A fun productive Sunday for me. Fall crops planted and cover crops seeded as well.
What’s up everybody. How’s it going? Happy Sunday, everyone. Hope y’all had a fantastic day. I’m sure you did. Who’s great? You are. All right y’all. Oh, okay. So today was just kind of like, you know what, I’m just gonna kind of clean the garden a little bit since the elk ate all our corn and everything.
And that stuff happened. It’s like, Hmm. But we ended up cleaning. You can see behind me I string trimmed it all the way down, string trim. And then we fixed the beds, string trim, string trim, everything so nice and clean. But then I just got like this crazy idea. I’m like, you know what? The ground is still pretty moist.
We’re still getting rain. And we’ll just plant some cool weather crops again. So we did that. I got two full beds, two and a half feet by 50 feet of carrot, spinach, kale, salad mix, you know, that type of stuff. Uh, just to over winter, radish, of course, um, some greens and the other two, we just did, uh, cover crops to re.
You know, re-mineralize the soil for next year. So that’s just a crazy blend of cover crops. We got one, these two rows we did the, uh, winter cover crops, which I know there’s, um, rye, there’s hairy vetch, and there’s some clovers. There’s like five different clovers in there. And I don’t even remember off the top of my head, but I know there’s at least 10 different species of cover crops in.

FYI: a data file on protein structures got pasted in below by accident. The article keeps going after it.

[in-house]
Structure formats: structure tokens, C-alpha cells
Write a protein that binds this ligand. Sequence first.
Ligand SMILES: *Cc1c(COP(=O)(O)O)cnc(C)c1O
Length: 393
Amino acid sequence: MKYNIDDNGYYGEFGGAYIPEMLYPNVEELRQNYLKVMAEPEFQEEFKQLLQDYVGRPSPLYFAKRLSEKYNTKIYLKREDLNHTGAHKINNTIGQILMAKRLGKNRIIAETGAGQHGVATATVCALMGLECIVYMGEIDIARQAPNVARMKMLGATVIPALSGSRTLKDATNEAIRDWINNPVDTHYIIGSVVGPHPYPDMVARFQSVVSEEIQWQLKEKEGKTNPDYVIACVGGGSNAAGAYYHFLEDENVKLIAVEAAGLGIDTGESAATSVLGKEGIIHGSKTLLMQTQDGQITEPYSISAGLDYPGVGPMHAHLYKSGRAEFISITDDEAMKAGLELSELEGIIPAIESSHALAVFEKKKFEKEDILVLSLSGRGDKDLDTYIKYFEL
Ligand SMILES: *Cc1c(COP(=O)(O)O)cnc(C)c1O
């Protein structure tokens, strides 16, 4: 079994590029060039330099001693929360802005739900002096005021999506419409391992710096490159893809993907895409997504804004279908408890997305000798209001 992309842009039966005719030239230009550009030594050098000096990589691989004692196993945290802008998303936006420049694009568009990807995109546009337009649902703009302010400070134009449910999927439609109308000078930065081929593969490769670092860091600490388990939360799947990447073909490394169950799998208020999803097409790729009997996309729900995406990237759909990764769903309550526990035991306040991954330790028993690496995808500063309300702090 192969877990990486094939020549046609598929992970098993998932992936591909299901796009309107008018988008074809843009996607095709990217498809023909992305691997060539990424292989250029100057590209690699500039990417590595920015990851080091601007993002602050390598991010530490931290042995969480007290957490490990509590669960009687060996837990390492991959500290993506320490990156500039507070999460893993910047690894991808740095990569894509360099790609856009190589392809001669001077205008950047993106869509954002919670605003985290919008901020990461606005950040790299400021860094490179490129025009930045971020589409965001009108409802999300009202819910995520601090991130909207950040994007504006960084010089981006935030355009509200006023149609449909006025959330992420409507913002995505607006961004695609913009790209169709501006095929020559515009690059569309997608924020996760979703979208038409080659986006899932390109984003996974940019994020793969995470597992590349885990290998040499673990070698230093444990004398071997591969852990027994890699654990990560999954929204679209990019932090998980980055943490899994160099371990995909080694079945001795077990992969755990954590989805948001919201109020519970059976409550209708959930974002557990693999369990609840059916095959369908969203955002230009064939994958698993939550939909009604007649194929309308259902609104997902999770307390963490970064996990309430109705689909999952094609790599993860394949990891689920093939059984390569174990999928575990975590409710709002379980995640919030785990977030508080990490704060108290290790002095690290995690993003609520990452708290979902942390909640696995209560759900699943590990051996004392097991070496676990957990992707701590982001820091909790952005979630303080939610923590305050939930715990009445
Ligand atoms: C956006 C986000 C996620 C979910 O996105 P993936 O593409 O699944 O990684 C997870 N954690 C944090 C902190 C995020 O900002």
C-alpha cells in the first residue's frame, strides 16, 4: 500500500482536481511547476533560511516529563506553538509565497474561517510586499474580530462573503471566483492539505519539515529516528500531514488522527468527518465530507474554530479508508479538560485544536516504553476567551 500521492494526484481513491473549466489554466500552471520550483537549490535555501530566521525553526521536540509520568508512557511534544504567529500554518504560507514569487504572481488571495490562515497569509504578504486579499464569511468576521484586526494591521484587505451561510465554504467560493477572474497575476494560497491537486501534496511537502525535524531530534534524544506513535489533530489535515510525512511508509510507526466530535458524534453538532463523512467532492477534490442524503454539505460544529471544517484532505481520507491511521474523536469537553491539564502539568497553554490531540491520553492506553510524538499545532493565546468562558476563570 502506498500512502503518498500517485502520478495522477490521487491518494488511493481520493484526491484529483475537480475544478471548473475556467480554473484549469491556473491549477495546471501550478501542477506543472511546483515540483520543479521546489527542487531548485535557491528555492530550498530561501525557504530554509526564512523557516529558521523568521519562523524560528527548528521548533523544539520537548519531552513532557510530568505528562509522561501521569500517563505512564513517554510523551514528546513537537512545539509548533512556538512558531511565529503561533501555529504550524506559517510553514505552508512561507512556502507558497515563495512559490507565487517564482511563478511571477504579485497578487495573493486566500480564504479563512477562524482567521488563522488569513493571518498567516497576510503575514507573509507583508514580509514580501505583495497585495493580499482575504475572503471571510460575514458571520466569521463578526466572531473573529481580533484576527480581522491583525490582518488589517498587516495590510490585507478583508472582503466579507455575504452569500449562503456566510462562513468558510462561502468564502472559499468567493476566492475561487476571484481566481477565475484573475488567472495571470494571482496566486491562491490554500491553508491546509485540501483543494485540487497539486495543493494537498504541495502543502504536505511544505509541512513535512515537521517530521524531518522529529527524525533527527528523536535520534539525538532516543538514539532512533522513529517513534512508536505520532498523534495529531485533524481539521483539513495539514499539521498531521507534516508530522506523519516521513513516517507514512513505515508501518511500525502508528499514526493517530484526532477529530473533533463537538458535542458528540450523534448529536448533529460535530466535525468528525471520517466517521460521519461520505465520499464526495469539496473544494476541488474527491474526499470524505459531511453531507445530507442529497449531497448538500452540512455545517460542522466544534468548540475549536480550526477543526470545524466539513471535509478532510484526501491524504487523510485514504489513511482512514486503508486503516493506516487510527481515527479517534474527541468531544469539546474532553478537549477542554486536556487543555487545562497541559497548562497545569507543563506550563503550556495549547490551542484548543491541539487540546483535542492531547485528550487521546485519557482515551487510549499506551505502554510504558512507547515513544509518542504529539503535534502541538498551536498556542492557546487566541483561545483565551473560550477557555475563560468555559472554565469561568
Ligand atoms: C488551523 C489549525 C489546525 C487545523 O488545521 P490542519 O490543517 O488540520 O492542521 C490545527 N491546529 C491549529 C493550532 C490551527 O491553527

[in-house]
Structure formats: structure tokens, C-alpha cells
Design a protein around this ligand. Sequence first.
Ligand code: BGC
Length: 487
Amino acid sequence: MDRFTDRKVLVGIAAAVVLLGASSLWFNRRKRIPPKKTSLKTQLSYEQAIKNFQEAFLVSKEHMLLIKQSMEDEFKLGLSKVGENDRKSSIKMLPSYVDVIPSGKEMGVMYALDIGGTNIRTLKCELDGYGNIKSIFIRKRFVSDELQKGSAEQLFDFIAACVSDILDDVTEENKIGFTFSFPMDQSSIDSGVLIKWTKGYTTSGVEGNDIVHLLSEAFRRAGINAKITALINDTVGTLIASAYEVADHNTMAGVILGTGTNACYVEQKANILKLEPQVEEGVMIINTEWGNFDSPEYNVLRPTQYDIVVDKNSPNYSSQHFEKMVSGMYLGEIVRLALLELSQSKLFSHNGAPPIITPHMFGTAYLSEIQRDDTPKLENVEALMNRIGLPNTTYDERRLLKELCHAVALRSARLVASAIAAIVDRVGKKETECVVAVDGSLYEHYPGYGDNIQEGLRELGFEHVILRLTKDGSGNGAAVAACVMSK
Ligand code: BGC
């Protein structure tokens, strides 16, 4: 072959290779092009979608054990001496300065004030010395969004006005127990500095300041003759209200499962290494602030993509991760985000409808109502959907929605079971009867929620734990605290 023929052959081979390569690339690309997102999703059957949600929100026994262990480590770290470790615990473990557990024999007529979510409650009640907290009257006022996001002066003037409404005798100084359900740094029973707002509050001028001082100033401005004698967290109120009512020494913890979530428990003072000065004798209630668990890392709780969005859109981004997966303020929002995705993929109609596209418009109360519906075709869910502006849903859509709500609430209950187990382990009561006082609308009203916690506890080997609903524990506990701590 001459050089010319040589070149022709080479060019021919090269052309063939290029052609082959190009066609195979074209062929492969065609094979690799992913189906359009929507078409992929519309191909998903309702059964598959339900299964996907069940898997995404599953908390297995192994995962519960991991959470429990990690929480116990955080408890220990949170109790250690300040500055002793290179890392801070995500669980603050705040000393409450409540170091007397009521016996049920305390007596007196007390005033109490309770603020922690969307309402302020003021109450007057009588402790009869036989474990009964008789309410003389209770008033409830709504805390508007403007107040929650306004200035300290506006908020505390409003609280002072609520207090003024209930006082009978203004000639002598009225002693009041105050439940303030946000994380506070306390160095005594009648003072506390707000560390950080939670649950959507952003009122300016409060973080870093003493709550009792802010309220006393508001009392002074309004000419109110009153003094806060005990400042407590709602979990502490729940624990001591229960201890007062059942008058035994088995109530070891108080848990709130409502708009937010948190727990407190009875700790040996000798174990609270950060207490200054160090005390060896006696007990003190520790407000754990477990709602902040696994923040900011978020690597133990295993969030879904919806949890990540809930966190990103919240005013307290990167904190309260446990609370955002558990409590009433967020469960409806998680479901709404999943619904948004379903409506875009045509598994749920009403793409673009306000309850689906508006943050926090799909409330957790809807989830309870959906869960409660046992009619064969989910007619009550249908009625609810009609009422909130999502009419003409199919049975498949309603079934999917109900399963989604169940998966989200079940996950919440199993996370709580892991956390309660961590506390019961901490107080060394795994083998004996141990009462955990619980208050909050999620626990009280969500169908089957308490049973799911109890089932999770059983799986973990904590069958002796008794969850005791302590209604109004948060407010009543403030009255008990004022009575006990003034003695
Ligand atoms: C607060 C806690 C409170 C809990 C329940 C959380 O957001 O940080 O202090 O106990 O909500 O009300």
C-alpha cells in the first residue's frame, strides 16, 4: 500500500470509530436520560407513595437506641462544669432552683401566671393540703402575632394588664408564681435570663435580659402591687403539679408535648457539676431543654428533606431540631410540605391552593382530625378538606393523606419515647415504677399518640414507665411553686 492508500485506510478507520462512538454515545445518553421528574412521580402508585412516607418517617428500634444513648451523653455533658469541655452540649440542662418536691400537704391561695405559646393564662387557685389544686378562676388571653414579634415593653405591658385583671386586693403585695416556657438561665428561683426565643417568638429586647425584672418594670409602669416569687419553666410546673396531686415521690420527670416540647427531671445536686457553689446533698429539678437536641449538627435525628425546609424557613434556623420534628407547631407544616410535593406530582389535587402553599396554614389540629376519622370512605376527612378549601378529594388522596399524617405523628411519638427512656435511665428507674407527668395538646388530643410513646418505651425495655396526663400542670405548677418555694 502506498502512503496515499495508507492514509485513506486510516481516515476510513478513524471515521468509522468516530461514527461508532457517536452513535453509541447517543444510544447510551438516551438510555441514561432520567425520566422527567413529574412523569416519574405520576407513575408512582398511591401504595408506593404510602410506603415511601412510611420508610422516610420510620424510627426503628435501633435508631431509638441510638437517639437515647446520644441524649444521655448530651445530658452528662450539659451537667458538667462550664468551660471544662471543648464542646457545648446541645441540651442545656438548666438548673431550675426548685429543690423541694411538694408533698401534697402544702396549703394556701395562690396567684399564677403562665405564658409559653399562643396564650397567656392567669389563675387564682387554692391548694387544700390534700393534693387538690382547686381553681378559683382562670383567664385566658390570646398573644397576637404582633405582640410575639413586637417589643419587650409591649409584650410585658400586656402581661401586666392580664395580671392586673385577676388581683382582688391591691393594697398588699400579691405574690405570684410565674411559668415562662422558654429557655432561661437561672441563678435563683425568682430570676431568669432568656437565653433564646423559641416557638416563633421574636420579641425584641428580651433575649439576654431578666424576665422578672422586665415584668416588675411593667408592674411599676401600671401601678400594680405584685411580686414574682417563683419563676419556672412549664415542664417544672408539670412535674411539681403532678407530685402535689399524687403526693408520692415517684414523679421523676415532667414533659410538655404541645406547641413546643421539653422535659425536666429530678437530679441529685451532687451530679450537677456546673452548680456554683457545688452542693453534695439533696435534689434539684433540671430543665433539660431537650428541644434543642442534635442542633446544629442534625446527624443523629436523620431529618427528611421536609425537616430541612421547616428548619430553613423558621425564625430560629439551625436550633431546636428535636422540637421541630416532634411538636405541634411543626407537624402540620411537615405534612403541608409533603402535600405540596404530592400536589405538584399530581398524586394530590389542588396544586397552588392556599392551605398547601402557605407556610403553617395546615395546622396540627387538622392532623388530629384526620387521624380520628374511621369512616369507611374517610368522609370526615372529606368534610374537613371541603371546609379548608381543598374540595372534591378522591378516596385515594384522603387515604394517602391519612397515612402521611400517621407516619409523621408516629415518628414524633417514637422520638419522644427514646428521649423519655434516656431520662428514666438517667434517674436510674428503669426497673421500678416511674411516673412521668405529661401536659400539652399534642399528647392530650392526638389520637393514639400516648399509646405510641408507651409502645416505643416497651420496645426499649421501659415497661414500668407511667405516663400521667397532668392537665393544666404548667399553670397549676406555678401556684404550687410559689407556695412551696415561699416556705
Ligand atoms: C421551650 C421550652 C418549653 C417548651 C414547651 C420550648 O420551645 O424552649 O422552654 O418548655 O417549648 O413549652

Half of them will winter kill and the other half will over winter and they’ll re-bloom in the spring. So that’s the cool thing about the winter one. So, you know anything about cover crops? You know, it’s really beneficial for, you know, like, no-till. I had not tilled my garden in three years, actually four years until now, only because you know, the elk kind of pushed.
Certain areas further than others. So pretty heavy, pretty big elk had to level it back out, but there’s still areas where, you know, you can kind of see it’s, but that’s okay. Um, this side here we did this summer blend. Um, I just added winter rye as well. So the winter rye will, I know once it establishes, we got plenty of time for it to establish it will over winter and then come spring.
They will re-flourish so that’s the one that will over winter. Um, most of the summer ones, um, we have, what was it like? Cow peas, um, African cabbage. daikon radish. Um, uh, black oil sunflower. Um, I mean, it’s been a while since I looked at his list, but also we have sunn hemp, um, and a few other clovers as well. So the clovers will over winter as well, and they’ll come back, but just all that clovers settle too long because their roots are super, super crazy.
Um, I have one over here. You pull out to me, they’re like at least a two and a half, three foot tap root anyway, that was our day. So hopefully you had an awesome Sunday and we will see you later. We’ll give you updates on this peace out y’all.